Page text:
Article | Published:

Hypoxia-inducible factors enhance the effector responses of CD8+ T cells to persistent antigen

Nature Immunology volume 14, pages 11731182 (2013) | Download Citation

Abstract

Cytolytic activity by CD8+ cytotoxic T lymphocytes (CTLs) is a powerful strategy for the elimination of intracellular pathogens and tumor cells. The destructive capacity of CTLs is progressively dampened during chronic infection, yet the environmental cues and molecular pathways that influence immunological 'exhaustion' remain unclear. Here we found that CTL immunity was regulated by the central transcriptional response to hypoxia, which is controlled in part by hypoxia-inducible factors (HIFs) and the von Hippel–Lindau tumor suppressor VHL. Loss of VHL, the main negative regulator of HIFs, led to lethal CTL-mediated immunopathology during chronic infection, and VHL-deficient CTLs displayed enhanced control of persistent viral infection and neoplastic growth. We found that HIFs and oxygen influenced the expression of pivotal transcription, effector and costimulatory-inhibitory molecules of CTLs, which was relevant to strategies that promote the clearance of viruses and tumors.

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Acknowledgements

We thank members of the Zuniga Laboratory at the University of California, San Diego, for technical advice, discussions and reagents; V. Jhaveri for technical assistance; A. Best for assistance with bioinformatics; the Immunological Genome Project for microarray reagents, processing and assistance; members of the Hedrick Laboratory (University of California, San Diego) for human IL-2 ; and E. Zuniga, S. Hedrick, G. Barton and J. Harker for discussions and review of the manuscript. Supported by the US National Institutes of Health (A.W.G. and R.S.J.), the Pew Scholars Program and the Leukemia Lymphoma Society (A.W.G.), the US National Institutes of Health and University of California, San Diego, Cancer Biology Fund (A.L.D.), the University of California, San Diego, and US National Institutes of Health Cell (A.T.P.) and the Austrian Science Fund (M.H.S.).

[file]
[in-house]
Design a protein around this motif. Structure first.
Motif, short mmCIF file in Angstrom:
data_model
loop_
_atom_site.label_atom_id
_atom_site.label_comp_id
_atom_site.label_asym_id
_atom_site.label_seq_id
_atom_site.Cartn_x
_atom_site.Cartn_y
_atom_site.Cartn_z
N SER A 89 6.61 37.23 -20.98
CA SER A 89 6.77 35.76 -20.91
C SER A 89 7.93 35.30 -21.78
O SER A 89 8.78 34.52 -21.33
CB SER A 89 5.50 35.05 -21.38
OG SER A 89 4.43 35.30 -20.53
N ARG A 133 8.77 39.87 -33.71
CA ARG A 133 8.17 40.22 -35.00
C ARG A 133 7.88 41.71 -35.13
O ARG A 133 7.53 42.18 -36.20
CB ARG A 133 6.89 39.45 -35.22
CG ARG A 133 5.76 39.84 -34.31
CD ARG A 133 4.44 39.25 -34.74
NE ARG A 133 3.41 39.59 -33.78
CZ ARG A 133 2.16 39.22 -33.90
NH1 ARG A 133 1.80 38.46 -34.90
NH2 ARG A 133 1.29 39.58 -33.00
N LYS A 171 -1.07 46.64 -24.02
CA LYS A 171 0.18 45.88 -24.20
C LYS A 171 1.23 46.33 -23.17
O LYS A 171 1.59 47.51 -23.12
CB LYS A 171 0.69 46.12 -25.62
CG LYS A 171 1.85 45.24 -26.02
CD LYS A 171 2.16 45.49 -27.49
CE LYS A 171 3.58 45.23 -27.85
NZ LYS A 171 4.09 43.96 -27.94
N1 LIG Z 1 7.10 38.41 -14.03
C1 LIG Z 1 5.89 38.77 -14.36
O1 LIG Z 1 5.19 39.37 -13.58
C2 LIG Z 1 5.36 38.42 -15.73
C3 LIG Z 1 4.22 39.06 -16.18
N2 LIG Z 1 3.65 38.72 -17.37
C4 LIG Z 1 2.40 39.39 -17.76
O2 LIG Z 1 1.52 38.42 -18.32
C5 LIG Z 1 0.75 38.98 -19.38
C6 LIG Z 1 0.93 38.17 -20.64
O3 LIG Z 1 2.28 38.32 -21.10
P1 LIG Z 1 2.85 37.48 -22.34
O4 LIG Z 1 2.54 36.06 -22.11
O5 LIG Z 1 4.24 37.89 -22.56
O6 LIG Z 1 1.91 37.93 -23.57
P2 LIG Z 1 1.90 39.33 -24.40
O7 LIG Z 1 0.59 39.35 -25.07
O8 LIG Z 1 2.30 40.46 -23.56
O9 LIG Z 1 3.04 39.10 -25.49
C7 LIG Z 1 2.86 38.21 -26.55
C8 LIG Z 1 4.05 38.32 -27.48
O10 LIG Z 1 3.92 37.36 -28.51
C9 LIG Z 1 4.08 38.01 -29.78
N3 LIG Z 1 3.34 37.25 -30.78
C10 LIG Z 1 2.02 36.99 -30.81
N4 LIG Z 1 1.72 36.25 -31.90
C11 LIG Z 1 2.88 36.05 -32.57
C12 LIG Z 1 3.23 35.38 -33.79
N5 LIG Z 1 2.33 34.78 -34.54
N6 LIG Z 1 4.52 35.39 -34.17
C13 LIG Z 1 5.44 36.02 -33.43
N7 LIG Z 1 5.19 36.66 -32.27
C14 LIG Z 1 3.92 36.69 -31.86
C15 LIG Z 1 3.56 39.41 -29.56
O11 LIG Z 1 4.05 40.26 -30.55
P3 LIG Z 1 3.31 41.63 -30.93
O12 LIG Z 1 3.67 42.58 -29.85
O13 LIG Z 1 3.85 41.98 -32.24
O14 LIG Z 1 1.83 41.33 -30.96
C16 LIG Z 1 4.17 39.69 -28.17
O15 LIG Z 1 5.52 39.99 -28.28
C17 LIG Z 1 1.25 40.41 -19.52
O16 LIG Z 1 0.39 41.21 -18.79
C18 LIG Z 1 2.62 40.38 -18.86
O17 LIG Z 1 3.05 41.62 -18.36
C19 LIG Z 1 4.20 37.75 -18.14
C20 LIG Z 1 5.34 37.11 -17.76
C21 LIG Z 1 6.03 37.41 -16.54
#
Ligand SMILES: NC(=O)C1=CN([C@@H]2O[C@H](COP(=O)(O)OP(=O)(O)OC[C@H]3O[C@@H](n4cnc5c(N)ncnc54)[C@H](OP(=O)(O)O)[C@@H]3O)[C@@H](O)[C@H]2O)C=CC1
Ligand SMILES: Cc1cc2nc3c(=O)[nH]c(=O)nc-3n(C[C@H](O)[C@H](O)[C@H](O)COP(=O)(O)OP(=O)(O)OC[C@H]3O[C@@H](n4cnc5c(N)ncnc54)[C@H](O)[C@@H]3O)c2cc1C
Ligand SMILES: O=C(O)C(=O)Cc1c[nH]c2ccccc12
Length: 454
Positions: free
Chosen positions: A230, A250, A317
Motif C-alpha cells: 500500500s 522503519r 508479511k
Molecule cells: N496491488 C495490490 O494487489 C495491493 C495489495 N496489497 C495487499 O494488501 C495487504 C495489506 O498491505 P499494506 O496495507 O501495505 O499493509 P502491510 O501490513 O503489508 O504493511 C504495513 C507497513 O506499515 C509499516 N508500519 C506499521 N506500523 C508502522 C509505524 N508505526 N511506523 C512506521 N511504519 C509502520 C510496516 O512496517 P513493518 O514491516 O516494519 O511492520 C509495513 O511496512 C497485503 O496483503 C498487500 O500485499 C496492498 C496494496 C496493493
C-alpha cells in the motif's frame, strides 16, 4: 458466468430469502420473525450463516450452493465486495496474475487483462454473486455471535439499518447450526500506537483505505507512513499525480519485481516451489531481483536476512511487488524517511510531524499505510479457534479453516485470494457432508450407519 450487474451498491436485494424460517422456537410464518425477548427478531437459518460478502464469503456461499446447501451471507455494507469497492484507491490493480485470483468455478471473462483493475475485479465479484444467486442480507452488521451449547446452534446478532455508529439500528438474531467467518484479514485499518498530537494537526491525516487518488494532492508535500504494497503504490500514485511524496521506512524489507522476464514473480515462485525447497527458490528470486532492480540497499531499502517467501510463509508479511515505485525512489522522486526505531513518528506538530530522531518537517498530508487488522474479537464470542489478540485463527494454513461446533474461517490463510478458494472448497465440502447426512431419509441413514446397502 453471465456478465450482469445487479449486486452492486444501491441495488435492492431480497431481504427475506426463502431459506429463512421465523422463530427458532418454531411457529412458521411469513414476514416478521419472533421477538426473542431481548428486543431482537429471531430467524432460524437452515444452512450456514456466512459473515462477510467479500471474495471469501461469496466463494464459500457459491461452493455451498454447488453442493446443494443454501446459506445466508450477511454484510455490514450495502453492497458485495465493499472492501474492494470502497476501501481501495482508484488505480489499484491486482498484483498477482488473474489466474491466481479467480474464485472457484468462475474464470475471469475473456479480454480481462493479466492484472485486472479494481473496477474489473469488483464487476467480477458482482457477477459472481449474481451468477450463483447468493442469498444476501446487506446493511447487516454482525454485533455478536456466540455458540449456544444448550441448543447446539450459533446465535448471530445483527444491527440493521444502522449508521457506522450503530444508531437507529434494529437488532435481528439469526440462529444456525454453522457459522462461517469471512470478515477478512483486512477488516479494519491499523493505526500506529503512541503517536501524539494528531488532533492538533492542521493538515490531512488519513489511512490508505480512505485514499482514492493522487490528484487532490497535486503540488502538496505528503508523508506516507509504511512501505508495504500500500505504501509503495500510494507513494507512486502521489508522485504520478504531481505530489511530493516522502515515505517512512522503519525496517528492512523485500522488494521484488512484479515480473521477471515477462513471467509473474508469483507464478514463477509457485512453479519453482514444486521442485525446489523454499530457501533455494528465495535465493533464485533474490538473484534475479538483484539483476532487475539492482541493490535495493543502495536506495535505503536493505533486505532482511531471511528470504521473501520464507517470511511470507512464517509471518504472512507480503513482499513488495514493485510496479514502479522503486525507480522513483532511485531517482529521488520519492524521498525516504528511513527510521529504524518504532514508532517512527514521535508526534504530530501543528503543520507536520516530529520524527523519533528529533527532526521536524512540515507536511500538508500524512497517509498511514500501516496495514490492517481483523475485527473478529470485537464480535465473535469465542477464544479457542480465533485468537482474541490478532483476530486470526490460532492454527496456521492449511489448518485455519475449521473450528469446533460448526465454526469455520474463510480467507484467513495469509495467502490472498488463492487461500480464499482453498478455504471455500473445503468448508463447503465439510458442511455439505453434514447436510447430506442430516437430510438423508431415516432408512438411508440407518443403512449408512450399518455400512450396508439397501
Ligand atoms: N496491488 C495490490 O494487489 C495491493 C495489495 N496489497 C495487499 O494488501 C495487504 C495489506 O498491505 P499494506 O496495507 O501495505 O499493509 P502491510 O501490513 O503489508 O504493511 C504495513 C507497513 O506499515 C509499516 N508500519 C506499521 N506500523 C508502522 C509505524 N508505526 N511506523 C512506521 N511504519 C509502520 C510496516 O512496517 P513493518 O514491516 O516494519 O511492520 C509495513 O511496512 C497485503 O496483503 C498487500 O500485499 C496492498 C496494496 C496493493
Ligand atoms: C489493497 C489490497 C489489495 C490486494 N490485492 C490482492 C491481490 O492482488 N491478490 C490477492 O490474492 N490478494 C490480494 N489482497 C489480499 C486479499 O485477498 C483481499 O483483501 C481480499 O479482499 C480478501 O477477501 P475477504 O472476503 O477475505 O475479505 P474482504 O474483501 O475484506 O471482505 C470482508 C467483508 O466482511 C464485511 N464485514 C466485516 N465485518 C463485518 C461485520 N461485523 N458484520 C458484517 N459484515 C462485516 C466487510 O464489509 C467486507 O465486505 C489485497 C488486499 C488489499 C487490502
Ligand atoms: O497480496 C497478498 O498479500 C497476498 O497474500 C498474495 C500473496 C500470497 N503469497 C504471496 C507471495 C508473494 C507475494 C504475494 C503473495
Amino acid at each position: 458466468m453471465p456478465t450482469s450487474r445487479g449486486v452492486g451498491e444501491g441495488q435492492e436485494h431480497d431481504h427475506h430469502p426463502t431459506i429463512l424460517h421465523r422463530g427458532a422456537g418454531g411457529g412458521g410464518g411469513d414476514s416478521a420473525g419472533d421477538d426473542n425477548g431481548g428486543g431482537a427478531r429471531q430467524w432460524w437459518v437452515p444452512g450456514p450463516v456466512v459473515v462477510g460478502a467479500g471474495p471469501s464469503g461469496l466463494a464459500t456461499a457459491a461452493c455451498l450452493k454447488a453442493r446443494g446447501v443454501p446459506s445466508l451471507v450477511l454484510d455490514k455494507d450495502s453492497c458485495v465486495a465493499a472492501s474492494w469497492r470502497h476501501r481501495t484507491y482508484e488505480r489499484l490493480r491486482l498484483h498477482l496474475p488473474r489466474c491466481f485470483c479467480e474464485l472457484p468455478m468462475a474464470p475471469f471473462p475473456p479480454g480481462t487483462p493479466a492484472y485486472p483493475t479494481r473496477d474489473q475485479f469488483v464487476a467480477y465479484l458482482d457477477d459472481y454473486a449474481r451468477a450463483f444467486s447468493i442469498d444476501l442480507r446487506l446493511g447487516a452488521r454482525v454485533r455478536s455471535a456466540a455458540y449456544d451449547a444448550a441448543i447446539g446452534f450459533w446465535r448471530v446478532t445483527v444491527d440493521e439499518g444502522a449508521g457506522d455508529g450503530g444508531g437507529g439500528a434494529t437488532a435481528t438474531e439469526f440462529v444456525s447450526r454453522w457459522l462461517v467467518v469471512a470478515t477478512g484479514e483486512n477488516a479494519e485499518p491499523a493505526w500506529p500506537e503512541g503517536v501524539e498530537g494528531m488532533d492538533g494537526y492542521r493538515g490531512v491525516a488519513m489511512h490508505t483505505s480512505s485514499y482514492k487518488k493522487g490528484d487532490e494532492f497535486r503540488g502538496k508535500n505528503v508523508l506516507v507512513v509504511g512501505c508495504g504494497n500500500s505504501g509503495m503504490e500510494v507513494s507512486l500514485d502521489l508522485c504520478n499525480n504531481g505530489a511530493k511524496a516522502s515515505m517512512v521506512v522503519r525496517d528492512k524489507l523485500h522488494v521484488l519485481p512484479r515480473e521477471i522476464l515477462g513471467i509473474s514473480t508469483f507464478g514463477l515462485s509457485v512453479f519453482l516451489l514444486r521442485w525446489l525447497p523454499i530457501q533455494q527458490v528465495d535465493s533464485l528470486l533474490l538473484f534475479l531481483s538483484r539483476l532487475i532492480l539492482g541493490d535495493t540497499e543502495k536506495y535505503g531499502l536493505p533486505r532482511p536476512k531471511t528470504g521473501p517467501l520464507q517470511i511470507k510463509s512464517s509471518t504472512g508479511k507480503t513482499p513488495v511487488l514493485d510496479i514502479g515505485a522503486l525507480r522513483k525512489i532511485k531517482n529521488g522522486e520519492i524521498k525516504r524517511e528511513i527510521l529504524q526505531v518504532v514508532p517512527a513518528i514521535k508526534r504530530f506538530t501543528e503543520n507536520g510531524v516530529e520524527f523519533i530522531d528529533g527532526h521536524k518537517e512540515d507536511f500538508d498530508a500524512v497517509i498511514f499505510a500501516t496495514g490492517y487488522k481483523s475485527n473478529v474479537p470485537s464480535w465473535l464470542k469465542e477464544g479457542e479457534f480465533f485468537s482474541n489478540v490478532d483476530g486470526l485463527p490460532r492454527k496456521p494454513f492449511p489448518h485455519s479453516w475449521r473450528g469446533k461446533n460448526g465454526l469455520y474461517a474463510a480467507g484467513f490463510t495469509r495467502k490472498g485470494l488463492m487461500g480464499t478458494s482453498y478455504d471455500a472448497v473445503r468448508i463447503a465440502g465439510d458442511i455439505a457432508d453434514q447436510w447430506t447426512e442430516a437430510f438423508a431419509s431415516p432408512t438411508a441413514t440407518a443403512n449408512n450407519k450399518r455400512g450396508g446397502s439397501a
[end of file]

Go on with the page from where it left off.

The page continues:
Author information

Affiliations

  1. Division of Biological Sciences, Molecular Biology Section, University of California, San Diego, La Jolla, California, USA.

    • Andrew L Doedens
    • , Anthony T Phan
    • , Martin H Stradner
    • , Jessica K Fujimoto
    • , Jessica V Nguyen
    • , Edward Yang
    •  & Ananda W Goldrath
  2. Division of Rheumatology and Immunology, Medical University of Graz, Graz, Austria.

    • Martin H Stradner
  3. Department of Physiology, Development and Neuroscience, University of Cambridge, Cambridge, UK.

    • Randall S Johnson

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Contributions

A.L.D. designed and did experiments, analyzed the data and wrote the paper; A.T.P. designed and did experiments, analyzed data and assisted in writing the paper; M.H.S. did histological analysis, provided advice for the design and analysis of pathophysiological experiments and assisted in writing the paper; J.K.F. and J.V.N. did and analyzed viral titer experiments and assisted with animal work; E.Y. did and analyzed immunofluorescence experiments; R.S.J. provided reagents, provided advice for experimental design and wrote the paper; and A.W.G. supervised the project, designed the experiments, analyzed the data and wrote the paper.

Competing interests

A.L.D., A.T.P., R.S.J. and A.W.G. hold a provisional patent for manipulation of the VHL-HIF pathway for therapy.

Corresponding author

Correspondence to Ananda W Goldrath.

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https://doi.org/10.1038/ni.2714

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